Who is Binance Founder Changpeng Zhao?

Zhao, 46, was born in China and immigrated to Canada in 1989 when he was 12 years old, two months following China’s repression of pro-democracy protestors in Tiananmen Square.

He founded the crypto exchange Binance in 2017, which surpassed Coinbase as the largest cryptocurrency exchange in the world in less than a year. Today, the crypto giant represents nearly 60% of all cryptocurrency trading volumes worldwide.

CZ Binance

Zhao promoted a select group of associates into high-level positions throughout the years, many of whom had worked or studied in China. Co-founder Yi He currently oversees Binance’s $7.5 billion venture capital arm in addition to other crucial divisions.

The 46-year-old assigned Guangying Chen, his Chinese-born head of the back office, is responsible for overseeing the business’ finances. Despite hiring experts from varied traditional financial and regulatory worlds, Zhao’s strict control over his business reportedly persists.

Binance’s Response

Binance has criticized the SEC’s action, calling it a misguided move that jeopardized the US’ position as a pioneer and worldwide hub for financial innovation. The crypto exchange has also denied combining consumer deposits with business cash, claiming that users who deposited money to the account were purchasing Binance’s unique dollar-linked crypto token rather than making deposits.

The operation of Binance’s bank accounts has never been acknowledged by Binance.US. According to Krishna Juvvadi, the company’s head of legal, BAM Trading staff have had “exclusive control” over Binance.US since it was founded in 2019.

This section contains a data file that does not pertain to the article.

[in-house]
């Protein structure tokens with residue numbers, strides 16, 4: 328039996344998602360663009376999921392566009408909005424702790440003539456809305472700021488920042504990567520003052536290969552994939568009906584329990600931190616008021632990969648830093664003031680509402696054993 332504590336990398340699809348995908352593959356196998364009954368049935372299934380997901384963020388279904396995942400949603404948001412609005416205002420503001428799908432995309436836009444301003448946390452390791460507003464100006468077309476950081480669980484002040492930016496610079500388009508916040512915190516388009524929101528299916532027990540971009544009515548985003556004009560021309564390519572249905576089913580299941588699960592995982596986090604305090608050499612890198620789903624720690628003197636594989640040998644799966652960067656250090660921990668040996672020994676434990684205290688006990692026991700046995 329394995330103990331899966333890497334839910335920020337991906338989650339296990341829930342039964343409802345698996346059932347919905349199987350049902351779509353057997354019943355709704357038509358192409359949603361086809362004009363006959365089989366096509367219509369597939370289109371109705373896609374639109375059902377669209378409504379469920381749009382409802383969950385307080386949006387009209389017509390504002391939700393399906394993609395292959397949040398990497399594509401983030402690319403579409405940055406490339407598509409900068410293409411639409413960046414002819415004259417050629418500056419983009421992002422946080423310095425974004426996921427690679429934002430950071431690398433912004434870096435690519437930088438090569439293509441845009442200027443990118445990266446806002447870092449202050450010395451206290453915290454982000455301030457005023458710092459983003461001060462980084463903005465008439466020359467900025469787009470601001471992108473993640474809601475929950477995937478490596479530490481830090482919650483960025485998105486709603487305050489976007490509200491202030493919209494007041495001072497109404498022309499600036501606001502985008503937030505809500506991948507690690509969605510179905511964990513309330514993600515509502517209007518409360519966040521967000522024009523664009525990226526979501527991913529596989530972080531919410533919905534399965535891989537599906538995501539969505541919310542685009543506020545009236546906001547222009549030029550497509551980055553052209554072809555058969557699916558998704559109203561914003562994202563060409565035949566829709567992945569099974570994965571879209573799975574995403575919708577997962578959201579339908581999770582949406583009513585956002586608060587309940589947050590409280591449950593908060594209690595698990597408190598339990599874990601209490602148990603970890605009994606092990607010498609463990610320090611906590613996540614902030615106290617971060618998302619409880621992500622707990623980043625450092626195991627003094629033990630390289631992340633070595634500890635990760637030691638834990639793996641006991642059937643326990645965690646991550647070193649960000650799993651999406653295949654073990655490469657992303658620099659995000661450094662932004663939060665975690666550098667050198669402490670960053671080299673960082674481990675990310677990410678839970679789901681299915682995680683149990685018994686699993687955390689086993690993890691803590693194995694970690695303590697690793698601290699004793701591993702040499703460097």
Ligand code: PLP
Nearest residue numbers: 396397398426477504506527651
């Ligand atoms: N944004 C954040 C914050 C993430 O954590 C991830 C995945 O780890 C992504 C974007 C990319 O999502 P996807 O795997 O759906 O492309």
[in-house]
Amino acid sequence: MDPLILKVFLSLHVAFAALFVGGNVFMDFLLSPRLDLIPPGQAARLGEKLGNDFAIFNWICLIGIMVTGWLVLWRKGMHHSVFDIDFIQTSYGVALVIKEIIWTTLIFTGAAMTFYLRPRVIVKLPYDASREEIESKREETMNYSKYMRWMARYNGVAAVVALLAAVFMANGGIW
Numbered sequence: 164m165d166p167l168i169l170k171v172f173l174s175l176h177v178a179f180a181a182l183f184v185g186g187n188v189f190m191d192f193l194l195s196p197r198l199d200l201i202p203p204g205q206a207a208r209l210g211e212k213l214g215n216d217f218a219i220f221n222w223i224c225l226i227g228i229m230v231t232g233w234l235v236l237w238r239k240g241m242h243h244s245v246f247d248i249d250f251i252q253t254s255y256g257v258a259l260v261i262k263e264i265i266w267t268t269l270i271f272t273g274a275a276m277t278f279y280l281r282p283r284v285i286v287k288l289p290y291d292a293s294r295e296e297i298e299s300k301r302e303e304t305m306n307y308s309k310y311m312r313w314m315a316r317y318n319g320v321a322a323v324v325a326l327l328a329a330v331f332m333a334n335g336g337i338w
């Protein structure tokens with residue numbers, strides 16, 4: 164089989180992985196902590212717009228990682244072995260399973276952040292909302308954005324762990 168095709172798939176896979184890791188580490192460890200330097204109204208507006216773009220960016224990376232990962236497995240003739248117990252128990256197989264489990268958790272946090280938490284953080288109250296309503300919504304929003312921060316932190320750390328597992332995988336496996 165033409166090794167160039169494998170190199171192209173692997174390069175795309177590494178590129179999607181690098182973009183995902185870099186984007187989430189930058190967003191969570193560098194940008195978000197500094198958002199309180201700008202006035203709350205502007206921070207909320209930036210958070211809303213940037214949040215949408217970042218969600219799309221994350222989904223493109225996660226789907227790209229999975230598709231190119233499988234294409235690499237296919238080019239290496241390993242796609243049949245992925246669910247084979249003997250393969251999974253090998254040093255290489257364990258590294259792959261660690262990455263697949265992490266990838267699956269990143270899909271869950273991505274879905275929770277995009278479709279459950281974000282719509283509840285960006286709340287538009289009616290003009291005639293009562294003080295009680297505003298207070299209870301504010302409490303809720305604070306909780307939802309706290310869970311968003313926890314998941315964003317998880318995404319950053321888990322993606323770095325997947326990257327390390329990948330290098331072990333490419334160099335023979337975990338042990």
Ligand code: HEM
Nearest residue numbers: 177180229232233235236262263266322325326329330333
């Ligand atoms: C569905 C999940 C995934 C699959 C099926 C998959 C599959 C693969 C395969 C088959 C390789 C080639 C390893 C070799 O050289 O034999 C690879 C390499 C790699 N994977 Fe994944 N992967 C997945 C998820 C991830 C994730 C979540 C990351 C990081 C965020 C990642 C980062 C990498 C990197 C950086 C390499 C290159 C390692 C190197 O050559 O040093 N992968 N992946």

Binance’s response when asked about this latest report came through Christian Hertenstein, a spokeswoman for Binance.US, claiming that no one else but Binance.US officials have had access to or control over Binance.US accounts ever since CEO Brian Shroder assumed leadership in late 2021.

According to Reuters, Hertenstein did not explain the difference in the timelines he and Juvvadi provided. Requests for a response from Silvergate, which fell apart in March and is winding down operations, also went unanswered.

Government Coming Down Heavily on Regulatory Violators


In the meantime, following a “significant” increase in illegal activity in the digital asset space, Eun Young Choi, head of the Department of Justice’s (DOJ) National Cryptocurrency Enforcement Team (NCET), declared last month that she intends to crack down on illegal activity in the crypto sector, particularly businesses that commit crimes or enable them to happen.
A prosecution of Binance or Zhao, according to industry watchers, may further upset the cryptocurrency market. However, Choi told the Financial Times that the size of a firm is not something that the department will countenance when weighing charges.

Without naming specific businesses, Choi said that the government cannot be in a position where they give someone a pass because they have assumed they are too big to fail, considering a crypto exchange has amassed a significant market share while flouting U.S. criminal law.